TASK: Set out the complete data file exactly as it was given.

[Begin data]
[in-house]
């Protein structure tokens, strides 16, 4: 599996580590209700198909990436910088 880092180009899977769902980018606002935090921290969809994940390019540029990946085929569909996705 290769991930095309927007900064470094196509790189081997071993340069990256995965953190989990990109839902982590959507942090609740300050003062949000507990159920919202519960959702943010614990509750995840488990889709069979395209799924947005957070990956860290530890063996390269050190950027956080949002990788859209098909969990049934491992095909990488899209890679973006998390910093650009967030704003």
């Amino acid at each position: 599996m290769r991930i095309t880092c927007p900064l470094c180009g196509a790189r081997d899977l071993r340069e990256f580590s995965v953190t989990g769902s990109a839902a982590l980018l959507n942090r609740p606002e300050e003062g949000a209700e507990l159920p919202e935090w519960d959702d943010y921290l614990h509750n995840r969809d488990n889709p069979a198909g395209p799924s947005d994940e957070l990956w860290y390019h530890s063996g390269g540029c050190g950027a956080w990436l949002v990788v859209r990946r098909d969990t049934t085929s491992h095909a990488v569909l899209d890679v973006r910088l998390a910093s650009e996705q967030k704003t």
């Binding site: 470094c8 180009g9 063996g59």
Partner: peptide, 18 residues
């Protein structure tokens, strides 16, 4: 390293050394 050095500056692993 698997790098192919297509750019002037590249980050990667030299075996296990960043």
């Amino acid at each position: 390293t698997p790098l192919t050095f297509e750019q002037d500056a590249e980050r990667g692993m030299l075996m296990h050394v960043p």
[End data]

[in-house]
């Protein structure tokens, strides 16, 4: 599996580590209700198909990436910088 880092180009899977769902980018606002935090921290969809994940390019540029990946085929569909996705 290769991930095309927007900064470094196509790189081997071993340069990256995965953190989990990109839902982590959507942090609740300050003062949000507990159920919202519960959702943010614990509750995840488990889709069979395209799924947005957070990956860290530890063996390269050190950027956080949002990788859209098909969990049934491992095909990488899209890679973006998390910093650009967030704003």
């Amino acid at each position: 599996m290769r991930i095309t880092c927007p900064l470094c180009g196509a790189r081997d899977l071993r340069e990256f580590s995965v953190t989990g769902s990109a839902a982590l980018l959507n942090r609740p606002e300050e003062g949000a209700e507990l159920p919202e935090w519960d959702d943010y921290l614990h509750n995840r969809d488990n889709p069979a198909g395209p799924s947005d994940e957070l990956w860290y390019h530890s063996g390269g540029c050190g950027a956080w990436l949002v990788v859209r990946r098909d969990t049934t085929s491992h095909a990488v569909l899209d890679v973006r910088l998390a910093s650009e996705q967030k704003t």
């Binding site: 470094c8 180009g9 063996g59």
Partner: peptide, 18 residues
């Protein structure tokens, strides 16, 4: 390293050394 050095500056692993 698997790098192919297509750019002037590249980050990667030299075996296990960043």
């Amino acid at each position: 390293t698997p790098l192919t050095f297509e750019q002037d500056a590249e980050r990667g692993m030299l075996m296990h050394v960043p």